1. Divide students into several smaller groups. Ask each group to make a list of everything they know about the history of their own community. Ask groups to share their lists, and to assess where there are “holes” in their knowledge. Assign students to research missing information.
2. Using the website, “Architectural Styles of America” (see below) as a starting point, ask students to spend some time looking at the types of architecture in their own town. One possibility would be for students to take pictures (ideally, digital) of interesting buildings, both residential and commercial. When they have done so, ask students to answer the following questions:
- What do the older buildings look like? Why do you think they are designed in the way they are?
- What about the newer ones? Are there many differences in architectural style? Why might that be?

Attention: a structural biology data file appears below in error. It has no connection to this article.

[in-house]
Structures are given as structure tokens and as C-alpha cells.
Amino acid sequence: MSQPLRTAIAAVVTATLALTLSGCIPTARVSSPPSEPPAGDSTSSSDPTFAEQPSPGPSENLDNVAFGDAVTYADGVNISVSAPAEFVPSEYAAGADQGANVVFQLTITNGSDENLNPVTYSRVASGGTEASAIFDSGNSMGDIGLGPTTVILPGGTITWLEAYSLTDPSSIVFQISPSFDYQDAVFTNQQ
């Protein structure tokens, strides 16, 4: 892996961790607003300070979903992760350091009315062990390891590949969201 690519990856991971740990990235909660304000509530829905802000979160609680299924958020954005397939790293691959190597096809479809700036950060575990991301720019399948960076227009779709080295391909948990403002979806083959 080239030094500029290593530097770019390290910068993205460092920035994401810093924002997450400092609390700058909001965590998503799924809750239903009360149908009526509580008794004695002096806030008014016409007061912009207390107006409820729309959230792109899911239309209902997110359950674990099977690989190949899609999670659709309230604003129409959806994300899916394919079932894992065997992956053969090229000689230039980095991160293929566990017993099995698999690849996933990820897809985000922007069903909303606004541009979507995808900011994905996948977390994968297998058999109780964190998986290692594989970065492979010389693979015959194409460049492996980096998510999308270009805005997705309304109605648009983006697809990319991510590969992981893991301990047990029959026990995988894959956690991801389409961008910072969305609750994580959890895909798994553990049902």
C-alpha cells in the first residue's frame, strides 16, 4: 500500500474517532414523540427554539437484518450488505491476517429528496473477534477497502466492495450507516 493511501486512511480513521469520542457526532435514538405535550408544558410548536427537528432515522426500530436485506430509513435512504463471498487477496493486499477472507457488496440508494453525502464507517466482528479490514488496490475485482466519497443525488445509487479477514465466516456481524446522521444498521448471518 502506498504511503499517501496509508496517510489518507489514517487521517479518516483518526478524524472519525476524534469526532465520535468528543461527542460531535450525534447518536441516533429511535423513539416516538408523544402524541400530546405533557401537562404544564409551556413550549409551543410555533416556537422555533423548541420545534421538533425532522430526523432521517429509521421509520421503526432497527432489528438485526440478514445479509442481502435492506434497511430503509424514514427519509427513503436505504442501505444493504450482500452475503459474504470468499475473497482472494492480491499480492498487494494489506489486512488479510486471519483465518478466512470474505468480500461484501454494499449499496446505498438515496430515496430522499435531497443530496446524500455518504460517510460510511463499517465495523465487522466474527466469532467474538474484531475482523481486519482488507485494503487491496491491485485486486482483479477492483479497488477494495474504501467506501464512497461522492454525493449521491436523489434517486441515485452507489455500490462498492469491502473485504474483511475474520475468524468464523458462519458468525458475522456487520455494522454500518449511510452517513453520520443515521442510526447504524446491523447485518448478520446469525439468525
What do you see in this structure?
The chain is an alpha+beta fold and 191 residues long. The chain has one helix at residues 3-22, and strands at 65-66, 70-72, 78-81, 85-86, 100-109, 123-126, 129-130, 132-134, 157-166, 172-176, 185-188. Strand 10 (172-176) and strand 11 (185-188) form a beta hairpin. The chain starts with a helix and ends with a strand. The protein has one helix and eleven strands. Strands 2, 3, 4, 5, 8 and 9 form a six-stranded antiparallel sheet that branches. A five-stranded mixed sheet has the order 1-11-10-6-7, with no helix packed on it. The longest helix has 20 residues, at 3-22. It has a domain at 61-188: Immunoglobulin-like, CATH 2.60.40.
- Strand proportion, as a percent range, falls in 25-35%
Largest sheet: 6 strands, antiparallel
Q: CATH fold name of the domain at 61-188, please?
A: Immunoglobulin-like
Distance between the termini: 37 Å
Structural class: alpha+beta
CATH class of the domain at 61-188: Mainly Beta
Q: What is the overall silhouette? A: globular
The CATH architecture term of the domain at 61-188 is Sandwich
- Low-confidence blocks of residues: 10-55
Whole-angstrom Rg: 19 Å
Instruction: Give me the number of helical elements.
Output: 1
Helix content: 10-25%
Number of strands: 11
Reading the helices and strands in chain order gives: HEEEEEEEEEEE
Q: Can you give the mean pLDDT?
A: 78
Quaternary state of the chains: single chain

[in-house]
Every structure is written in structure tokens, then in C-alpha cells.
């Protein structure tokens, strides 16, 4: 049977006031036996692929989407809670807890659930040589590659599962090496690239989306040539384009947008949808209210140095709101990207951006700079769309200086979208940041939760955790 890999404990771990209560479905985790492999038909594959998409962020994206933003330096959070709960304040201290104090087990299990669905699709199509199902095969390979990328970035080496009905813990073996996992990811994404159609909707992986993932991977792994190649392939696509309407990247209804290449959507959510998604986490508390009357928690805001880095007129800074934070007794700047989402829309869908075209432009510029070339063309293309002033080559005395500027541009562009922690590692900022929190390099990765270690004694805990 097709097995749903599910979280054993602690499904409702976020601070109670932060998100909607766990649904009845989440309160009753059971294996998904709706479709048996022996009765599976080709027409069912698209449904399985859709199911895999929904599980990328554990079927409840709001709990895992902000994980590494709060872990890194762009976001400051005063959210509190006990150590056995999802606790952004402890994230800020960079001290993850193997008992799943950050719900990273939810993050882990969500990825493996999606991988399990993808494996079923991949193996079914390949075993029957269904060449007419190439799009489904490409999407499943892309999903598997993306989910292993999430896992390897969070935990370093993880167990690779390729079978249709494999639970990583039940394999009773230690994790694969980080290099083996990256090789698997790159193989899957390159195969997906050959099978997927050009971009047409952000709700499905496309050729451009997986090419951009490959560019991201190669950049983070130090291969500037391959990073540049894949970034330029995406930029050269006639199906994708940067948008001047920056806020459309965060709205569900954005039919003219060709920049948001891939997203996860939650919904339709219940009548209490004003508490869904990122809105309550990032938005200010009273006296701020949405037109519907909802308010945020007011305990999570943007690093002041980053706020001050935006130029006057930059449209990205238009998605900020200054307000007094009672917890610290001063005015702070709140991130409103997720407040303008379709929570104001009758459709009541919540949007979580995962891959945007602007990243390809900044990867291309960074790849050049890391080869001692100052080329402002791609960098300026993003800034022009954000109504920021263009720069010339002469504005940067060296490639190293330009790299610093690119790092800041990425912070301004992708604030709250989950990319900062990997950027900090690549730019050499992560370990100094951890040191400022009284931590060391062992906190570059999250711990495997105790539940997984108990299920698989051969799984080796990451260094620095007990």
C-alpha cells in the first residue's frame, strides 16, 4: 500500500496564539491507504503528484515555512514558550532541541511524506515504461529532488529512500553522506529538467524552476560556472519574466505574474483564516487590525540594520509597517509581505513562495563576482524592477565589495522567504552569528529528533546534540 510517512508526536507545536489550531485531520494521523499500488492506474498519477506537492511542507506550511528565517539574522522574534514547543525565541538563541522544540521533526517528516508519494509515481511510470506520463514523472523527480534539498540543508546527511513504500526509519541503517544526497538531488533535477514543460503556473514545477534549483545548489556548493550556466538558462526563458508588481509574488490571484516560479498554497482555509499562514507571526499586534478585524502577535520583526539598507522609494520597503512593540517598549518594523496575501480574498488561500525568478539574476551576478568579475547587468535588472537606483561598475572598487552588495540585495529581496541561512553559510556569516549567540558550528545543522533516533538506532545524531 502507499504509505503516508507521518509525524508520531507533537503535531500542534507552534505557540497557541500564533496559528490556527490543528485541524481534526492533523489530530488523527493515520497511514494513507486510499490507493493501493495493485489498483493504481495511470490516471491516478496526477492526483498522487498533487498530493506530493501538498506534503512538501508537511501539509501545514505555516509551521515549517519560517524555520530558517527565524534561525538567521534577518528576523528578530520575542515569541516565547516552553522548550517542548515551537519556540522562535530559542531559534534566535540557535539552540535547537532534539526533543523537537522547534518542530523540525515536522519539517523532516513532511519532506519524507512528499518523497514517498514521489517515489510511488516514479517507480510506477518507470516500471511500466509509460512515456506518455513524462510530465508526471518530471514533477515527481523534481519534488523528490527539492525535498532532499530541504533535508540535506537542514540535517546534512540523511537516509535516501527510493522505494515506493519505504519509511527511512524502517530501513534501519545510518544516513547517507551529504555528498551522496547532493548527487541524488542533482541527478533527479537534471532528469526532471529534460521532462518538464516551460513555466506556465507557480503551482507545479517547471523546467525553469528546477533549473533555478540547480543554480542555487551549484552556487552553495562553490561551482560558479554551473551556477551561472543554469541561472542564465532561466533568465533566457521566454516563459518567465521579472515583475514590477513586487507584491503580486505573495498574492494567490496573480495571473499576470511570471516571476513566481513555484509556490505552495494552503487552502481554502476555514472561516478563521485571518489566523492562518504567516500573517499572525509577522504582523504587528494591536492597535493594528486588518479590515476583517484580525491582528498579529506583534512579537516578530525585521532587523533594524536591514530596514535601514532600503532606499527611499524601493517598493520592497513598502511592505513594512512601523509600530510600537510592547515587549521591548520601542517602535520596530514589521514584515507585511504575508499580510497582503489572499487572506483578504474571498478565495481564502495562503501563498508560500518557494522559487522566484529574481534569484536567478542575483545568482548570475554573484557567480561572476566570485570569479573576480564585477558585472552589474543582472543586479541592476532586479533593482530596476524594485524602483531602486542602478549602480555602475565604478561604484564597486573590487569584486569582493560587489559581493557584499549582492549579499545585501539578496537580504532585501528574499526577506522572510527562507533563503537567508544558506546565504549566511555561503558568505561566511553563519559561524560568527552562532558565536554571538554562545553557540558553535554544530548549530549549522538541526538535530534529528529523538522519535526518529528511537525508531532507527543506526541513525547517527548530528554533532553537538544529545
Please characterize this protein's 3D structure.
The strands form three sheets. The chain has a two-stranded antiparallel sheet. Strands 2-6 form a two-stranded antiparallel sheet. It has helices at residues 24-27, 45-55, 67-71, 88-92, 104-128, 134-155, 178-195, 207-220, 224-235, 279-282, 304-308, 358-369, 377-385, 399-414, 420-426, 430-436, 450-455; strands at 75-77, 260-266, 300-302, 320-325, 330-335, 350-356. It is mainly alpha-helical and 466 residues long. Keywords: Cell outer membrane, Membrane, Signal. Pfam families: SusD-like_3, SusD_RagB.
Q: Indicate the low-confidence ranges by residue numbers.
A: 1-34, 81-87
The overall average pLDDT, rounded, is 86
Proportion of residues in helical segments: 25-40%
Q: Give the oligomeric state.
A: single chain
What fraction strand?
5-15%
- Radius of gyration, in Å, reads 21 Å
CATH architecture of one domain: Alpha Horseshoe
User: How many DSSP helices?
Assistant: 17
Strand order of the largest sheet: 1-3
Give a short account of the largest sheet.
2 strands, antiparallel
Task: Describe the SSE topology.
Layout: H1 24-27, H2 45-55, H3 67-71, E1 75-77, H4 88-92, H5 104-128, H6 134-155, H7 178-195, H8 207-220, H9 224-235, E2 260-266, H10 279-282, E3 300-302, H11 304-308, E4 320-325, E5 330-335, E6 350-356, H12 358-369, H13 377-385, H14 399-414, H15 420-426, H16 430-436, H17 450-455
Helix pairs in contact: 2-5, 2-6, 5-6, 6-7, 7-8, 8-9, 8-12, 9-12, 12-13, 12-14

3. Then, have students study some of the building codes of their community, perhaps inviting someone from the city building or zoning department (commissions) to talk with students on this subject, including a discussion of changes in these restrictions over time and the reasons for those changes.
4. Ask students to discuss the regulations, particularly with respect to the following:
- Why do local governments impose guidelines?
- What kinds of limitations on ingenuity or creativity do the restrictions impose?
- Do students think current restrictive practices are reasonable and just? If not, why not?
5. Finally, ask students to develop their own set of local architectural guidelines for their community. In either a paper or a presentation, students should explain:
- How (or if) their community should regulate architectural styles
- How (or if) the city should regulate such plans as street width, land use for parks, lighting
- What criteria (if any) the city should use to balance residential, commercial, and public space
- In what ways (if any) their guidelines demonstrate the way of life of their community
Architectural Styles of America
This lesson plan was developed by Averil McClelland, Kent State University, using some adaptations from a lesson on Frank Lloyd Wright designed by Betsy Hedberg, and called "Architecture for the Masses"
Architecture for the Masses